When There Is a Harm the PCs Can Avoid
The oppossite situation from the above, every time there is a source of harm about to affect PCs and they can act in any way, I ask them to roll as long as:
- It is possible to avoid harm (which should be most cases, in my opinion),
- Doing so would be “dramatic” (i.e., tense), and
- I’m willing to deal with the consequences of the PCs avoiding the harm.
Once again, let’s look at these guidelines in practice.
The PCs are a coterie of Neonate vampires investigating the mysterious disappearance of another Kindred. They are going through the missing Kindred’s stuff when I look at my notes. This Kindred had a security system in their Haven directly connected with the police. If the Neonates activate the alarm, they’ll have 5 minutes to get out of the place before they are surrounded by local police. In the worst case scenario they risk to meet their Final Death; in the “best” case, they are risking a major Masquerade breach.
In this case, if someone describes that their Kindred is looking for anything out of place, I’d ask for a Perception + Alertness [difficulty 8] roll. If the player proposes it, I’d allow for a Perception + Larceny or Technology (depending on their description of the action) [dif. 6] to discover and perhaps do something about the security mechanism.
If someone has three dots on Larceny, I’d probably give them a clue for free that it is possible that a place such as this has protections of this kind.
This is a case when once again the three criteria are fulfilled, in my opinion, The harm is clearly avoidable (perceive and possibly deactivate the security system). Even if the PCs avoid the harm, the tension in the game would have increased—they would have seen, from afar, the debacle they’ve just avoided. And, lastly, I have no problem in letting the Kindred get off “scot-free” this time. I imagine that at least someone in the Camarilla, either Kindred or mortal servant, would have been observing these careless Neonates from the shadows.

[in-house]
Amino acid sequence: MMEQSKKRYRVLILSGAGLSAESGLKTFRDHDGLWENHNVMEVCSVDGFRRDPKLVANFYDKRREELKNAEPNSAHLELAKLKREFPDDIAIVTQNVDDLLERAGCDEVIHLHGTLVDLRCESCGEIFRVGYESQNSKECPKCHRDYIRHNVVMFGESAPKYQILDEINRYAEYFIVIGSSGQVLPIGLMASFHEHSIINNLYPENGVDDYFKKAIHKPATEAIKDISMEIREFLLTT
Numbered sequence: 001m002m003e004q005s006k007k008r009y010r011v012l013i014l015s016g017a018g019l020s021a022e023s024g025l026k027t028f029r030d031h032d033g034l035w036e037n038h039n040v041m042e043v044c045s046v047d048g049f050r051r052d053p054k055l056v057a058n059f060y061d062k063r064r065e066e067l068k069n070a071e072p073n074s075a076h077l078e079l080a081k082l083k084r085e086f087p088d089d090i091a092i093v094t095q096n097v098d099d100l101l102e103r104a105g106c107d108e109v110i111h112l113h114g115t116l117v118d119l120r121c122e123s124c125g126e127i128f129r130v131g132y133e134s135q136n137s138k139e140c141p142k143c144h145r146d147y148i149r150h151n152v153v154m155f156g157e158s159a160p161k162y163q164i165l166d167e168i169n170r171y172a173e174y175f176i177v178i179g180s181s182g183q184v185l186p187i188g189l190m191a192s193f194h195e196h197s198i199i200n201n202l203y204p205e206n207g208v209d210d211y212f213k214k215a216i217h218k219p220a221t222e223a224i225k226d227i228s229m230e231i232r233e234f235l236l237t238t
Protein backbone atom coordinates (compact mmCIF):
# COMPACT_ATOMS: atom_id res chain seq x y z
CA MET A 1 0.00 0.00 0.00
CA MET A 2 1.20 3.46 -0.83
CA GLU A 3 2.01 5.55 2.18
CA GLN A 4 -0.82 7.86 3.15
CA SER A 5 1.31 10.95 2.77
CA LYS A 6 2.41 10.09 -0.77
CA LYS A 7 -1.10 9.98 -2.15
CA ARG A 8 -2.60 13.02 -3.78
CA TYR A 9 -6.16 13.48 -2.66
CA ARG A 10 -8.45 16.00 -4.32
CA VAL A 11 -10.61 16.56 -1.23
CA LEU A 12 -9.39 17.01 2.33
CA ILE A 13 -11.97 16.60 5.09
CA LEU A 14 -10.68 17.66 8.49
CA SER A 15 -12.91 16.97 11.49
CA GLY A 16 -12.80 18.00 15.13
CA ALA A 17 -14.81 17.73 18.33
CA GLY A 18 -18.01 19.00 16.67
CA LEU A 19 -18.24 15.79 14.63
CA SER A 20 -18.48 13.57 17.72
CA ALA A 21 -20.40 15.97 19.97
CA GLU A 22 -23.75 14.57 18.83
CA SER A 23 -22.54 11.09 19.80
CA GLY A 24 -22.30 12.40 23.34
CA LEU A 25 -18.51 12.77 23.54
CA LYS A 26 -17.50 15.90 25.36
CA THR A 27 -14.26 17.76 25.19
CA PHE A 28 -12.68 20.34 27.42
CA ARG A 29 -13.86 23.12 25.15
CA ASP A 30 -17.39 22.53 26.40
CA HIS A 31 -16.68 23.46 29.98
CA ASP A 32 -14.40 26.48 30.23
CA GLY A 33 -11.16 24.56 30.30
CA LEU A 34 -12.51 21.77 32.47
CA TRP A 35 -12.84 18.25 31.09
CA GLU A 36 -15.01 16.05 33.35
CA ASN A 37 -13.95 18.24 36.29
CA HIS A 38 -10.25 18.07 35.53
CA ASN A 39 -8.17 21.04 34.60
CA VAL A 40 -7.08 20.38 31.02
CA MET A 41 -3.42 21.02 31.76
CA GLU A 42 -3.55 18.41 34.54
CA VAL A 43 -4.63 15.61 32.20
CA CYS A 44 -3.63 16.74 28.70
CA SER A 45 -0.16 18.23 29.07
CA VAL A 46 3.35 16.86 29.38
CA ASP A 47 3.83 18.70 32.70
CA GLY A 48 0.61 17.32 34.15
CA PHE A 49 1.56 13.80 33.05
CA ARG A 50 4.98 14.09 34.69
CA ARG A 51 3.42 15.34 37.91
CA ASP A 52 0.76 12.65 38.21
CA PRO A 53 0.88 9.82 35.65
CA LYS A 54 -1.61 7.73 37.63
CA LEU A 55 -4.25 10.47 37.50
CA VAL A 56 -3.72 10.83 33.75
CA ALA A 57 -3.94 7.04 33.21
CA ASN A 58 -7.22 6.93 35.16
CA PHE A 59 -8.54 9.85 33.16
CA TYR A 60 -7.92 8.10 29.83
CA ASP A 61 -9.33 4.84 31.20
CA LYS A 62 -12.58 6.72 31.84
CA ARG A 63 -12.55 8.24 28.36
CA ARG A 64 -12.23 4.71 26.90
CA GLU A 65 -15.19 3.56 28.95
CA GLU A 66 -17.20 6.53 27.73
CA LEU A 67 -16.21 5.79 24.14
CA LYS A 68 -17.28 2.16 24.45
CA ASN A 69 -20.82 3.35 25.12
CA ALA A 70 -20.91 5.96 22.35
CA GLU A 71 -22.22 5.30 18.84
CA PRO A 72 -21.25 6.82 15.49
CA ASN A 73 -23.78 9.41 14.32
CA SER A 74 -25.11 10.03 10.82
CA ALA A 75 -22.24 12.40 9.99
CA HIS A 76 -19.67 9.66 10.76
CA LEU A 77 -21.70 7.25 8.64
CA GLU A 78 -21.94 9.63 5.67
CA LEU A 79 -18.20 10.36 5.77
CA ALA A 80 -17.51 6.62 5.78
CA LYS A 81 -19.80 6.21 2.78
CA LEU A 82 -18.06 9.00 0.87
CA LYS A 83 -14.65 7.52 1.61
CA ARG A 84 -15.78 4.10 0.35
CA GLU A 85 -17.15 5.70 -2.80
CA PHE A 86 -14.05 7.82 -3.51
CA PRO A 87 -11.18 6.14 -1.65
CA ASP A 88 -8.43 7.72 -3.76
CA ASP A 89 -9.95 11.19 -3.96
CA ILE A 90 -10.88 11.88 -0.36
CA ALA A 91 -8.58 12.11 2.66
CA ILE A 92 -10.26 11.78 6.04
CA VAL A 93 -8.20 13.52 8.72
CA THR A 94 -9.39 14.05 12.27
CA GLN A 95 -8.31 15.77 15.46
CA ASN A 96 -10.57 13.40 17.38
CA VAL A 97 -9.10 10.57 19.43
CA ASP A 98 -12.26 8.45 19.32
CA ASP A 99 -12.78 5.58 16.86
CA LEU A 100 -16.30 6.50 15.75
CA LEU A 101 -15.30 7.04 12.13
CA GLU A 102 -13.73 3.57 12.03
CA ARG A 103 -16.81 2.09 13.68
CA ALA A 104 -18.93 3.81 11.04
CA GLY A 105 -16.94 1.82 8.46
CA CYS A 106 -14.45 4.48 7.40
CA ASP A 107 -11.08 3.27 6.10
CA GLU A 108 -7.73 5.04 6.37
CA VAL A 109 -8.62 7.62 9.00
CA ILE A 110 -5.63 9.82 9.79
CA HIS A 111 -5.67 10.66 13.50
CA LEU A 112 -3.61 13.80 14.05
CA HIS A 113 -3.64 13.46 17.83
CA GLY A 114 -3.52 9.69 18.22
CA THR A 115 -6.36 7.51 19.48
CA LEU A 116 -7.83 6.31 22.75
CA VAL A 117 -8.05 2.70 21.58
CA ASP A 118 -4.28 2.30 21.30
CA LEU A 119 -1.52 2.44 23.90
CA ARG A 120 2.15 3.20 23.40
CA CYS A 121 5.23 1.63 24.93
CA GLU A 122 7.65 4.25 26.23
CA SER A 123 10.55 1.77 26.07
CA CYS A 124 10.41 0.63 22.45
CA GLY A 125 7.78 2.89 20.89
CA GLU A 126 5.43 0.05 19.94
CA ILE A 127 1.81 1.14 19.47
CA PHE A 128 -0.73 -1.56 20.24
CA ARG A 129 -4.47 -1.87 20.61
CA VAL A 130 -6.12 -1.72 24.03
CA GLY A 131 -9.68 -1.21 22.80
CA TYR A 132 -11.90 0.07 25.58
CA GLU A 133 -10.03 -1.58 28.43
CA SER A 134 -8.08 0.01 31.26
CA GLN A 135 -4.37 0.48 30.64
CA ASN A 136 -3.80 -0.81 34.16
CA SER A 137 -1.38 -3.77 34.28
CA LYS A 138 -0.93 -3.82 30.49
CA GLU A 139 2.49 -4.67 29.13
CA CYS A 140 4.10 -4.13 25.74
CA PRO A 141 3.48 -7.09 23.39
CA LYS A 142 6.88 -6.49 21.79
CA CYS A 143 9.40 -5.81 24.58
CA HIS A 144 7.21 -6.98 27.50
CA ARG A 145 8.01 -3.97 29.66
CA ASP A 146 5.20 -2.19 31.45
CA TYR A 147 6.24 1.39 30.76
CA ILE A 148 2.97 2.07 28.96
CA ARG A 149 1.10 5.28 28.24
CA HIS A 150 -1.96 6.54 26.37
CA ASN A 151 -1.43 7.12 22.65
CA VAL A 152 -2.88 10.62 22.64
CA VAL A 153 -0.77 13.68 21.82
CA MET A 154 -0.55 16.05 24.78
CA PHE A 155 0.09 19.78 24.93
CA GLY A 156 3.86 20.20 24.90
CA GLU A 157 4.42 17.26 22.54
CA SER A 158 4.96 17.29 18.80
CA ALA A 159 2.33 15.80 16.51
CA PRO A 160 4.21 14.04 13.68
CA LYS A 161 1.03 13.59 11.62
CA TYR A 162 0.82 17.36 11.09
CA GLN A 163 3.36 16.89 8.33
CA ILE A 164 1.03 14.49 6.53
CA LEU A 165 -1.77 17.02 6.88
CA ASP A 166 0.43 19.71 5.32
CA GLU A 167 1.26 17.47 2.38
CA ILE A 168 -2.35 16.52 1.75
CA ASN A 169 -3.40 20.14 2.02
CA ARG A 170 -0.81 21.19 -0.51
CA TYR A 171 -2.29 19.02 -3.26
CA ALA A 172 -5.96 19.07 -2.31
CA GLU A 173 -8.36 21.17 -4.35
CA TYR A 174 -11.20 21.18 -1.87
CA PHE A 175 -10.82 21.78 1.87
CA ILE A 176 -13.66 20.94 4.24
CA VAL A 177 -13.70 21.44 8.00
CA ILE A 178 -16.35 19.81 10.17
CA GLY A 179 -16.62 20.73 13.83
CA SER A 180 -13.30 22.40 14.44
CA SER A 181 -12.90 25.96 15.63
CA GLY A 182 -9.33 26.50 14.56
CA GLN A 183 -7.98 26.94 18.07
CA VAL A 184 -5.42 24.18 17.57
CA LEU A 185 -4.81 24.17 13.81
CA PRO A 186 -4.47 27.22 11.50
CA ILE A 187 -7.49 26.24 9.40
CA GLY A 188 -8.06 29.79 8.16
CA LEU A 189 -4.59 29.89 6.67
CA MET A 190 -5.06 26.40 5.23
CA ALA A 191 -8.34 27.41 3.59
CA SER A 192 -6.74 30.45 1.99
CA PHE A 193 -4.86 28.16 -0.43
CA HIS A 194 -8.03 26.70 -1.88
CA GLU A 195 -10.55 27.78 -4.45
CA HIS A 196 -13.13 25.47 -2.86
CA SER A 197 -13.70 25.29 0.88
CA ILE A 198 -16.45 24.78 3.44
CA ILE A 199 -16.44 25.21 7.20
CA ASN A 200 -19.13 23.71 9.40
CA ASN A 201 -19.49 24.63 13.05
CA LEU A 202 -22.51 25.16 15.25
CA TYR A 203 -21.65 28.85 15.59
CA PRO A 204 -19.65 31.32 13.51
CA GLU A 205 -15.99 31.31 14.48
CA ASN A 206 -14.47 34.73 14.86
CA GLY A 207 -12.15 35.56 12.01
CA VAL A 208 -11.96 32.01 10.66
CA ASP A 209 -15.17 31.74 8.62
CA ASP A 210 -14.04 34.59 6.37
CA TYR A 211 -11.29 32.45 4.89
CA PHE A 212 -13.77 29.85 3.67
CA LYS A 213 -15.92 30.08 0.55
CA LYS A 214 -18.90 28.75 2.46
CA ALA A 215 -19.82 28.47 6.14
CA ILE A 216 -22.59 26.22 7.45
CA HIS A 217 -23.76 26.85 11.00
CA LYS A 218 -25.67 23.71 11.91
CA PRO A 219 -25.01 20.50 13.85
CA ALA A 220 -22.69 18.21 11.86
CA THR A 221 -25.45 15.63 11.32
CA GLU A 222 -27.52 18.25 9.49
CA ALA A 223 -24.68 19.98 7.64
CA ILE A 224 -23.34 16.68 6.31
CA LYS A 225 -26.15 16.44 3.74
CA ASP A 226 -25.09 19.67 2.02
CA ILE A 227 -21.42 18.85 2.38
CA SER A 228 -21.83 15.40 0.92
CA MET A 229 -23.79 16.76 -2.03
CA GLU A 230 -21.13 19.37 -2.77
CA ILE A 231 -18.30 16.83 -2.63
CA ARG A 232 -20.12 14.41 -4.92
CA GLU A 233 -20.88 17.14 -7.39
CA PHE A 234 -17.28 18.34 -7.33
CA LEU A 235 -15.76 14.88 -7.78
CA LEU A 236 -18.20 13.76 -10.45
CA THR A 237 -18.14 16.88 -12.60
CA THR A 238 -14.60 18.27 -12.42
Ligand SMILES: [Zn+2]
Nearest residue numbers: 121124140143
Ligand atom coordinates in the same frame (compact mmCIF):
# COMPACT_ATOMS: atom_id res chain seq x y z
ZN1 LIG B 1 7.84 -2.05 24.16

When the Proposed Course of Action It Is Not on My Original Plans
One of the truths of the life behind the screen is that it is not posible to prepare for every course of action that PCs may want to undertake. Or, in other words, that there’s no preparation for a roleplaying game session that will survive contact with the players.
In these cases the best strategy, in my opinion, it’s to use rolls as oracles. That is to say, to let them be the ones who decide what happens in the game, while I dedicate to interpret the results and build a fiction as coherent as possible around them.
To make my point clearer, let’s look at an example.
We’re in the middle of a Call of Cthulhu game when the Investigators (the special name PCs receive in this game) decide on an unforeseen course of action: to break into the library of one of the most prestigious local university to steal a Mythos Tome. I didn’t think they could come up with something like this—after all, they’re suppossed to be respectable members of the community xD—but now there’s nothing left to do… Except to decide how will things turn out.
In a situation like this the PCs will have to bring out Skills such as Elec Repair, Listen, Locksmith, Sleight of Hand, Spot Hidden, Stealth, etc. and I, on my side, will spin a narrative around the results they obtain. If someone fails a Stealth check, for example, I can have the PCs activate the library’s security systems. If someone “pushes” a roll—a new rule in 7th Edition that allows Investigators to repeat a roll in exchange to risk something terrible happening to them if they fail the second time—I could have them run into the university guards and them firing their weapons at them… Or something worse.
And so, little by little, the players and I will find out whether they were successful in stealing the De Vermis Mysteriis… And what will be the cost of their success or failure.
The skill of knowing when to ask or not to ask for rolls in a roleplaying game is exactly that: a skill. It’s something that one can develop in time and, above all, with practice. It has lots to do, as you’ve noticed, with knowing how to “read the table”. That is to say, with realizing whether interrupting the narrative to ask for a roll would be useful or not for the game, in the sense of increasing or diminishing the tension/drama.
This, on the other hand, it’s very much related to the concept of narrative rhythm, something that I’ll discuss on a future blog post… If the Patreons decide so.
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This entry was published thanks to contributions by Paulette Rompeltien, Marley Clevenger, María Consuelo Gómez Martín, Alberto Peña, and all my other wonderful patrons.